clear. Child abuse cases, which might be tried in family court, can be any kind
of horrible - I've been in homicide cases that were prosecuted as child abuse
but there's other people who have been accused for child abuse for slapping
Todd: Has there ever
been child abuse cases for just mental abuse?
Vachss: Oh yeah, and I
would never precede mental abuse with the word "just," because it's
probably the most damaging of all.
Todd: Right, because
scars can heal.
Vachss: That's right
and the other thing is that it doesn't change you as much. The most common - in
the people who have studied serial killers - what they're shocked about is
what's so prevalent isn't sexual abuse, not even physical abuse, but emotional
abuse. Unless the child - and there's a critical period in which this can
happen - bonds he becomes that hypothetical lone wolf, that sociopath. You
can't bond when what you're told, "I, the adult, won't bond with you. I
won't accept you. You're a worthless piece of crap. I'm sorry I ever gave birth
to you. You're fat, you're dumb, you're ugly, you're stupid. You're not mine.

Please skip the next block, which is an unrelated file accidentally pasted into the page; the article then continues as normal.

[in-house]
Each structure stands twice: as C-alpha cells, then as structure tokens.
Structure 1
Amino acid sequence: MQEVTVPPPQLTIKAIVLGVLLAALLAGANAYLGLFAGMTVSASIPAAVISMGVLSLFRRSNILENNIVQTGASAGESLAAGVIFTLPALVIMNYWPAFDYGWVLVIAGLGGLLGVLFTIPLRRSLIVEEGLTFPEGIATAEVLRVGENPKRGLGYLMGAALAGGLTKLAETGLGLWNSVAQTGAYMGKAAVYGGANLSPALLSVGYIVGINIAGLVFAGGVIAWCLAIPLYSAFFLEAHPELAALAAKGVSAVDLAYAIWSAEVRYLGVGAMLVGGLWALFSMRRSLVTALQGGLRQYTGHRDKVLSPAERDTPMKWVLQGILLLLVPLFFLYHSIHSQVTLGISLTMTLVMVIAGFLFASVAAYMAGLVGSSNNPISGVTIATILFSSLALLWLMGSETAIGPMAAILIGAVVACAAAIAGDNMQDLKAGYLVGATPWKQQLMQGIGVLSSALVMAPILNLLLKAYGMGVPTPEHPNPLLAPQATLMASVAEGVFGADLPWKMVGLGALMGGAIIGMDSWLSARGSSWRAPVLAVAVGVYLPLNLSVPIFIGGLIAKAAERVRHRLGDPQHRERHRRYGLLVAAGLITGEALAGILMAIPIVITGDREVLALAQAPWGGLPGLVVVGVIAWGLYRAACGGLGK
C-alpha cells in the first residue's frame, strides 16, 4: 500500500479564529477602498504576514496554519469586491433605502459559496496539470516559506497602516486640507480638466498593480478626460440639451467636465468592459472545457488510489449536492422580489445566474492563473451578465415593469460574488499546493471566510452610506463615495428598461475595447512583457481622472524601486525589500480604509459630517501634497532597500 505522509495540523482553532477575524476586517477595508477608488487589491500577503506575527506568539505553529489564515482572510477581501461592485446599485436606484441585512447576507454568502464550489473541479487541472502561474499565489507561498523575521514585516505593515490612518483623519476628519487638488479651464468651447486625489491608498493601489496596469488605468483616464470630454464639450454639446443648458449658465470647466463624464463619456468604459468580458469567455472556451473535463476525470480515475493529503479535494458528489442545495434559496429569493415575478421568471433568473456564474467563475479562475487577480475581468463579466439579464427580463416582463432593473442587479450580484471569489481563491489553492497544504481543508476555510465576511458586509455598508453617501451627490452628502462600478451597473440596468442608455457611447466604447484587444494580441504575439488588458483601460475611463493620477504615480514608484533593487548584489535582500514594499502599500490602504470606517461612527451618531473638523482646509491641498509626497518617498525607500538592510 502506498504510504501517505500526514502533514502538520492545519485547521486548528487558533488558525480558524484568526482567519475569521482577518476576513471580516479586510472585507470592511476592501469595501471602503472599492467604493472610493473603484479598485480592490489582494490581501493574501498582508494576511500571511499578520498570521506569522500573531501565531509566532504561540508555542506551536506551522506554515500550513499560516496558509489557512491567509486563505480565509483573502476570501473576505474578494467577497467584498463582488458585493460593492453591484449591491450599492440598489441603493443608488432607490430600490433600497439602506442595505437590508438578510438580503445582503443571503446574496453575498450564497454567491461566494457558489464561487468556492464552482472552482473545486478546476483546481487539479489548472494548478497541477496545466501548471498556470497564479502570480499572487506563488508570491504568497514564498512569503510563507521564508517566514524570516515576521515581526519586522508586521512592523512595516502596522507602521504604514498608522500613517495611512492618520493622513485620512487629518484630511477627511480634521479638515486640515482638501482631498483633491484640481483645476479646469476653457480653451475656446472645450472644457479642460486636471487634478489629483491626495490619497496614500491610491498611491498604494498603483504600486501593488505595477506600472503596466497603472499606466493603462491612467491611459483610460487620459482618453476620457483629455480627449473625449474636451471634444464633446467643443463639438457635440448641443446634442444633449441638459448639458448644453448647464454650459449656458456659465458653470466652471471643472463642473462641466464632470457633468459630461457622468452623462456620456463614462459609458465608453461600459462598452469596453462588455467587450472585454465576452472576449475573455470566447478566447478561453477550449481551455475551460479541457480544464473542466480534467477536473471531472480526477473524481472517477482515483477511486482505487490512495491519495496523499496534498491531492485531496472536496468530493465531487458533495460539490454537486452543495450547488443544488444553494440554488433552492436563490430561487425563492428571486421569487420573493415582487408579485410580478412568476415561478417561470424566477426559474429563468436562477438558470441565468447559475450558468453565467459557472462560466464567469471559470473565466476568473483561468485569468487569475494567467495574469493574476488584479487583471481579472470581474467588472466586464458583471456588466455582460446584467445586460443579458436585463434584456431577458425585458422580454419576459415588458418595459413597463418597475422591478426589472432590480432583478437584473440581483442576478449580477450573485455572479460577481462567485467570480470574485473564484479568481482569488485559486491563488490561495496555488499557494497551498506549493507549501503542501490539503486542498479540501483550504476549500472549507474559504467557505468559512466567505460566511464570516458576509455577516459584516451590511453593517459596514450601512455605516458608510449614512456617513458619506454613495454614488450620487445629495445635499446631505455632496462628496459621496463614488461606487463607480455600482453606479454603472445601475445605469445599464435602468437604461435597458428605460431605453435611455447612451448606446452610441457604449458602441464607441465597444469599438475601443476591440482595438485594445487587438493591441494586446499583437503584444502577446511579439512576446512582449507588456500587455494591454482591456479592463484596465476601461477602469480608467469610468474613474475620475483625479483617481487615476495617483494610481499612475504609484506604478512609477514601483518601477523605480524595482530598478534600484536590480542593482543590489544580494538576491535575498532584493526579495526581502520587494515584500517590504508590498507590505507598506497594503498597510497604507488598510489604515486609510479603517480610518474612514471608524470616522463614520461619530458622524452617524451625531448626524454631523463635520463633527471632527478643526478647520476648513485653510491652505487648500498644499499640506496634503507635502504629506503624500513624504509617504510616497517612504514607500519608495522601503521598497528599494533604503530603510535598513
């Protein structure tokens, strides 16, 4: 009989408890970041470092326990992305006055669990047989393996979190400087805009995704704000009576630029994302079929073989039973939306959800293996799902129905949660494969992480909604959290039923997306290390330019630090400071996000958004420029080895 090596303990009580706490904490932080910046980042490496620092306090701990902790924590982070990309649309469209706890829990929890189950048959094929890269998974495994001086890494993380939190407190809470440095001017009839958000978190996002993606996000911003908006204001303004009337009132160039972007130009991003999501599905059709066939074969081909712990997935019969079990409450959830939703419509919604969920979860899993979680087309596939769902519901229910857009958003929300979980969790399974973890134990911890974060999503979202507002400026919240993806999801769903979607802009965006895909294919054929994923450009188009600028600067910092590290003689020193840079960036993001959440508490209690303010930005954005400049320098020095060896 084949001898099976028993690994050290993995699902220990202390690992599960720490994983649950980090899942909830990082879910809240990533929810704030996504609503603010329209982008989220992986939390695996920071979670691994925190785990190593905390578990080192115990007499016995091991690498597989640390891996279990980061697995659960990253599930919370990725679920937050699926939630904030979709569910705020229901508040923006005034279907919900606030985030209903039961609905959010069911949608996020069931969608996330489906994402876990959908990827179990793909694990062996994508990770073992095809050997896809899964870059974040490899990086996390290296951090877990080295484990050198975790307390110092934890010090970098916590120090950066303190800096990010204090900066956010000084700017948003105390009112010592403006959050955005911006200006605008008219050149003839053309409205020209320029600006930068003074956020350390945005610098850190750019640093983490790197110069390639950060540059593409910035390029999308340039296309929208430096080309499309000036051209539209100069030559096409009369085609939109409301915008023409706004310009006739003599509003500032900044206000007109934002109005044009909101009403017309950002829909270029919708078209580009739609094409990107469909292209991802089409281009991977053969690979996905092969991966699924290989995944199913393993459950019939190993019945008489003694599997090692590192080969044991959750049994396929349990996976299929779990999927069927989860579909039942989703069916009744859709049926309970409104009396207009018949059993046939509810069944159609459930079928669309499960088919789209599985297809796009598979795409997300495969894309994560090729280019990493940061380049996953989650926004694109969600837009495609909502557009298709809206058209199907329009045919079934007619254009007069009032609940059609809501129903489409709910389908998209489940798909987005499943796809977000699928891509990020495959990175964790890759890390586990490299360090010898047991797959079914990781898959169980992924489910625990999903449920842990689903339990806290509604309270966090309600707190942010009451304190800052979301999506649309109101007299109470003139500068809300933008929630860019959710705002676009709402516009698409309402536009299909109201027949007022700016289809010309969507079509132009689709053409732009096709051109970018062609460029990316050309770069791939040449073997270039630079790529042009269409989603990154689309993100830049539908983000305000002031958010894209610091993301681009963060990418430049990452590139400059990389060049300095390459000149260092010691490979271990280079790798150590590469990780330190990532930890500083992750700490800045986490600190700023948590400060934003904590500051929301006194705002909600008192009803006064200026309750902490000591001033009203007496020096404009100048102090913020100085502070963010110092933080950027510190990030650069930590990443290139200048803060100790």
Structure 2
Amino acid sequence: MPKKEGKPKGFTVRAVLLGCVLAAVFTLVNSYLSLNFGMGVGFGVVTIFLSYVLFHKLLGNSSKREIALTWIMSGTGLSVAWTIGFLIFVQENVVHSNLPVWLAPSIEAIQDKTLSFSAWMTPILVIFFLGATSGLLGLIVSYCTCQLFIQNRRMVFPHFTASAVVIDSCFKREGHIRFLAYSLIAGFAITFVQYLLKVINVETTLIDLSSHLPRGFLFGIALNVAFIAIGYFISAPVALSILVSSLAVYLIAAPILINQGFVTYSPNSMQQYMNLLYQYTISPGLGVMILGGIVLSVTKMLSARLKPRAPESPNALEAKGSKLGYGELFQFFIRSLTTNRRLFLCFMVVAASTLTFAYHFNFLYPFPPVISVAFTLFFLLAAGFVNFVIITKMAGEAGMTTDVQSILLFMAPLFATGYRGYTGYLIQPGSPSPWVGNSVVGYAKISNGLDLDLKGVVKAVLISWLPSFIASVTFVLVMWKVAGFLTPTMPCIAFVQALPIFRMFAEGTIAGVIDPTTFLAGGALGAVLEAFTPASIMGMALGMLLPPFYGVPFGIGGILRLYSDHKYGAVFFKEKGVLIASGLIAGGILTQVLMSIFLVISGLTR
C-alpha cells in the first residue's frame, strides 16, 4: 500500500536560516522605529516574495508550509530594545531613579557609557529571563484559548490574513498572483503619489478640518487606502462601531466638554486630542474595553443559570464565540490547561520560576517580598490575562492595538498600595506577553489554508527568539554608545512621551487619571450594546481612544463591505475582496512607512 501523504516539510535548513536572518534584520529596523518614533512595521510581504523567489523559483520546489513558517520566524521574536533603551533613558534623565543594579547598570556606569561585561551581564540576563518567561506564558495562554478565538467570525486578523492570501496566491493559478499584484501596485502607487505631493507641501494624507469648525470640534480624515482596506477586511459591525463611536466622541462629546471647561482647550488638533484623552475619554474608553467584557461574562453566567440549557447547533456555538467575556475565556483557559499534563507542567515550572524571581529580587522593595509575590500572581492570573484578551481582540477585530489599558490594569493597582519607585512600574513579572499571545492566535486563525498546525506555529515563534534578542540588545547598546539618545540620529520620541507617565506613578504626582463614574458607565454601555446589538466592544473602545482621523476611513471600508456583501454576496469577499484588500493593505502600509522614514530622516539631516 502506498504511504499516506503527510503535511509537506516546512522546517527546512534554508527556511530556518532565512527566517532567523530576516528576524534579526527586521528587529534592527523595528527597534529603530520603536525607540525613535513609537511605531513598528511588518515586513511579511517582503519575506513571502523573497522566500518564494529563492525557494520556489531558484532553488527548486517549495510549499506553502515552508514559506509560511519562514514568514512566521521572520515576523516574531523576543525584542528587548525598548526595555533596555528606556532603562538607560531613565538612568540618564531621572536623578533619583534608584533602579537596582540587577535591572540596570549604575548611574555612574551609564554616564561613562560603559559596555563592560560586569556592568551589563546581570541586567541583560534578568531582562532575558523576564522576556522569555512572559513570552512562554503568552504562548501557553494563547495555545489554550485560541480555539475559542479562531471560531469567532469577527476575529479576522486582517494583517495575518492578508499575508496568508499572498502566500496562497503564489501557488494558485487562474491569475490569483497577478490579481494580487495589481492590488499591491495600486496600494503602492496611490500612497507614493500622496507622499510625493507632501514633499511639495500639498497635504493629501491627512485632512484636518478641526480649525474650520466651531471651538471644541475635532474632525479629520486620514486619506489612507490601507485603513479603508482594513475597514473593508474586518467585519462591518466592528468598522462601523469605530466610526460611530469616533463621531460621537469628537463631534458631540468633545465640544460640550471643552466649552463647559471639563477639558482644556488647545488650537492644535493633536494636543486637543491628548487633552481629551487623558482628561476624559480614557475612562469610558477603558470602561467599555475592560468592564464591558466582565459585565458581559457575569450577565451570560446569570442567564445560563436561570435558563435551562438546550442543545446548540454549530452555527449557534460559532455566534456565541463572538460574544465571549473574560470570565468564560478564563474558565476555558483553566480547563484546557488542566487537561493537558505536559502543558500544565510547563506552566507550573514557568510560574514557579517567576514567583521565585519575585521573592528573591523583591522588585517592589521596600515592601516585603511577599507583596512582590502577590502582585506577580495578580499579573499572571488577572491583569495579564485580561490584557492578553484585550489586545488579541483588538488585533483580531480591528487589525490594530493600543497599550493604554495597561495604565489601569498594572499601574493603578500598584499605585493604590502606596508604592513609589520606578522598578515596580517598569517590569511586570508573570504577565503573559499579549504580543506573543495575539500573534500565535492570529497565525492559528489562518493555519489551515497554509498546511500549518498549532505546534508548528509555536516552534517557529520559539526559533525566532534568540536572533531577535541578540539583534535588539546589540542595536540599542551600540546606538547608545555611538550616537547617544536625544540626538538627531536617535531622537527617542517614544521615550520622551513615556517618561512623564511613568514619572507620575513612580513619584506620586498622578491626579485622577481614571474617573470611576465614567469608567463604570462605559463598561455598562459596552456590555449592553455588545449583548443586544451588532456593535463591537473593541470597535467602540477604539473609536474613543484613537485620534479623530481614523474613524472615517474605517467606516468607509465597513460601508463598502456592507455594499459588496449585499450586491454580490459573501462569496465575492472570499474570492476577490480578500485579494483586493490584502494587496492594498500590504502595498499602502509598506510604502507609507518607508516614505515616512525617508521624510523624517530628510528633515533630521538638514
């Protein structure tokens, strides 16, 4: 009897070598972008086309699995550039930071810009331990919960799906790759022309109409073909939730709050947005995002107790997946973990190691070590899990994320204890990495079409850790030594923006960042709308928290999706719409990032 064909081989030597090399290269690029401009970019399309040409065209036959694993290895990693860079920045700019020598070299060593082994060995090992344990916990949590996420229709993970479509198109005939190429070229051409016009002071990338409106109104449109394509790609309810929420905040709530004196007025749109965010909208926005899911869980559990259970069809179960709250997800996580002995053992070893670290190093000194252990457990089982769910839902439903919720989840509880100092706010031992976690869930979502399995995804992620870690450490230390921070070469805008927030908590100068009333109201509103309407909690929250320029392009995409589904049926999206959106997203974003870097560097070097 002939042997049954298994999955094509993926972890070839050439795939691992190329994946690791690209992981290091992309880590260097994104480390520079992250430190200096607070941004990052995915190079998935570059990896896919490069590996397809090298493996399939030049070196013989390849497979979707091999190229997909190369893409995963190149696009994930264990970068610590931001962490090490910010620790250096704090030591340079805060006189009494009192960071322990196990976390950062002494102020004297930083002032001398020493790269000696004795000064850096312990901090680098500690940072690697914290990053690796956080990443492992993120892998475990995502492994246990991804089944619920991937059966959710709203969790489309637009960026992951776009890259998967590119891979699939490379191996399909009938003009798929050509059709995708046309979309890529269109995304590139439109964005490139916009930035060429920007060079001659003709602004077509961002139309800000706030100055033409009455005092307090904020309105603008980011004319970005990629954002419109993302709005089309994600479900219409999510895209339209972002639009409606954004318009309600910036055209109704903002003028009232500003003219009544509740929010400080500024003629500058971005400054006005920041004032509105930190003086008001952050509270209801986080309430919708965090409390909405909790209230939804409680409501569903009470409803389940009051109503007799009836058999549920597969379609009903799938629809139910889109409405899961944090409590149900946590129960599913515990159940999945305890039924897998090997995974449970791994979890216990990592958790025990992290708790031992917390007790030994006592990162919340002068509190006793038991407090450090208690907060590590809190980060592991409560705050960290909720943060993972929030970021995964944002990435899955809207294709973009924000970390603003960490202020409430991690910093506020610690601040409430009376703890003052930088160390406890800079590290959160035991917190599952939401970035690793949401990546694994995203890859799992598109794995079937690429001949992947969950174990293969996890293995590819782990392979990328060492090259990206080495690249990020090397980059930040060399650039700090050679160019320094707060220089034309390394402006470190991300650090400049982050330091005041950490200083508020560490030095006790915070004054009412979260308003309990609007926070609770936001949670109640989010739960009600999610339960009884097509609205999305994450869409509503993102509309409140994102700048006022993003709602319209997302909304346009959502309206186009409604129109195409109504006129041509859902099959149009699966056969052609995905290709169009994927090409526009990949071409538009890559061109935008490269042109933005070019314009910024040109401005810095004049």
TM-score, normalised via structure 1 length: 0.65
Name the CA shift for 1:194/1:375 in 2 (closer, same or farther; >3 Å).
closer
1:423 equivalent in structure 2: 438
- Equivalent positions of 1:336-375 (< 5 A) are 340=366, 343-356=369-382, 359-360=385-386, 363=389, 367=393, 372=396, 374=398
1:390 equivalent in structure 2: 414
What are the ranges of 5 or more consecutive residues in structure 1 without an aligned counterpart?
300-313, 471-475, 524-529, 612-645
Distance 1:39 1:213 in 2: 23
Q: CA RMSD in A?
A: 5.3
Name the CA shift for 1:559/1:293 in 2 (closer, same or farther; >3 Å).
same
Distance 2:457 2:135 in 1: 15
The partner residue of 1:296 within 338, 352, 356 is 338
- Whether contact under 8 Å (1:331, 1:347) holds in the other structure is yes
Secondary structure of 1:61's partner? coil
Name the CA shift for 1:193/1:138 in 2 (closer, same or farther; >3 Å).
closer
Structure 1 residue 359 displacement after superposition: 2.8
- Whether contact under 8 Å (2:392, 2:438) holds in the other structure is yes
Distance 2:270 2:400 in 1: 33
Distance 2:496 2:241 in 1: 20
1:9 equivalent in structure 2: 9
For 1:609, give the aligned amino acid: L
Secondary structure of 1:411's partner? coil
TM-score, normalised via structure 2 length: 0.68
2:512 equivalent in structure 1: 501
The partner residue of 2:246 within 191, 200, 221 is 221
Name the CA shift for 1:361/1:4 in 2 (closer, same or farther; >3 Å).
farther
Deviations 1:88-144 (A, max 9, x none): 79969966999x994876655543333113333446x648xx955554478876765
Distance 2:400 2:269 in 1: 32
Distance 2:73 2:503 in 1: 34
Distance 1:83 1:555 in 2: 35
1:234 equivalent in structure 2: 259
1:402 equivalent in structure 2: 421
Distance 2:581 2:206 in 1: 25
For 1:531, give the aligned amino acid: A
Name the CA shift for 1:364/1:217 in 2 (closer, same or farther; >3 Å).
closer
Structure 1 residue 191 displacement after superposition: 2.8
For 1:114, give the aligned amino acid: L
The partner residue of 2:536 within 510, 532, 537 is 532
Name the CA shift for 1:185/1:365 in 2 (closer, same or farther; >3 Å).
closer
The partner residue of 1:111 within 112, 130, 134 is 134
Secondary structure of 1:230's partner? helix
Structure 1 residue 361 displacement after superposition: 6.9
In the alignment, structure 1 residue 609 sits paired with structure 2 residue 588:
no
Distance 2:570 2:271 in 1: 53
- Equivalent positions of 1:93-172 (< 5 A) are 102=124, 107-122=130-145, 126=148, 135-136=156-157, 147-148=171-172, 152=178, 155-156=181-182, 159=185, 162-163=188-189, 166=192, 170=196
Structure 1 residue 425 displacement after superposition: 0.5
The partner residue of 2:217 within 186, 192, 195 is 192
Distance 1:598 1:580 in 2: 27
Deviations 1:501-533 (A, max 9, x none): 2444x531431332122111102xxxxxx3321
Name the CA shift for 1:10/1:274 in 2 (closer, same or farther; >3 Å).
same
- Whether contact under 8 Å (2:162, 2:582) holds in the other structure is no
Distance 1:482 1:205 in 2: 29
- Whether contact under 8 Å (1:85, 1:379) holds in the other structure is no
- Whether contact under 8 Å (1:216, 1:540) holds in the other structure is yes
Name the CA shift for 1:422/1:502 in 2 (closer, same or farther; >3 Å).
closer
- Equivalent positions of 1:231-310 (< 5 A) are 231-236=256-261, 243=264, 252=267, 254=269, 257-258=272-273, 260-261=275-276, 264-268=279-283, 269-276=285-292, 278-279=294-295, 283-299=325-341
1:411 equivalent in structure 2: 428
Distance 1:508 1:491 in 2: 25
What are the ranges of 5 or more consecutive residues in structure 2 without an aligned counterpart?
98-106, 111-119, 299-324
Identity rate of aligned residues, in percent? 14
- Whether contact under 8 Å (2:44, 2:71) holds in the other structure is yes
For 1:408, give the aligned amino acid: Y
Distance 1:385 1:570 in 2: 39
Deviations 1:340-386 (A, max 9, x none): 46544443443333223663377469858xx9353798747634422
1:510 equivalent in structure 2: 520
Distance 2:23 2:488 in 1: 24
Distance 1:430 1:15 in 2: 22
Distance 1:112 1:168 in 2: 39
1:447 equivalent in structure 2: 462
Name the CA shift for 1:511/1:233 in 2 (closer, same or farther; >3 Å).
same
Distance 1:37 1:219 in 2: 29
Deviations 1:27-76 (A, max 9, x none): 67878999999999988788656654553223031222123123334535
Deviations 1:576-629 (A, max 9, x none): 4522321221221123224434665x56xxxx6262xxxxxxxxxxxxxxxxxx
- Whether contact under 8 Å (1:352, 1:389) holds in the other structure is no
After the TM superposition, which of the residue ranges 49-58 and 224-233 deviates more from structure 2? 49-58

I'm ashamed of you." On and on and on. Those detachment disorders have
caused more dangerous people than physical abuse or sexual abuse. When I wrote
about emotional abuse for Parade, I got 6,500 plus letters. We were staggered.
This one absolutely hit a nerve, so many people saying, "Thank you, Jesus,
for finally recognizing that my pain's just as much as somebody who's suffered
from being beaten or being raped.
Todd: A word lashing
is even worse that a belt lashing.
Vachss: It's worse
when it's systematic. Any kind of kind of outburst in the world can be cured.
Todd: Can you give me
some contact information so people can find out more about the stuff we've been
talking about today?
Vachss: The best one: www.vachss.com. That one,
if you ever click on "resources" there, you can spend several hours.
It's not like, "Here's some hot links" crap. It's really thorough.
It's brilliantly indexed. I had a lot of people work on it. That's the best
one-stop shop. If they just want the CARE Act, it's careact.org.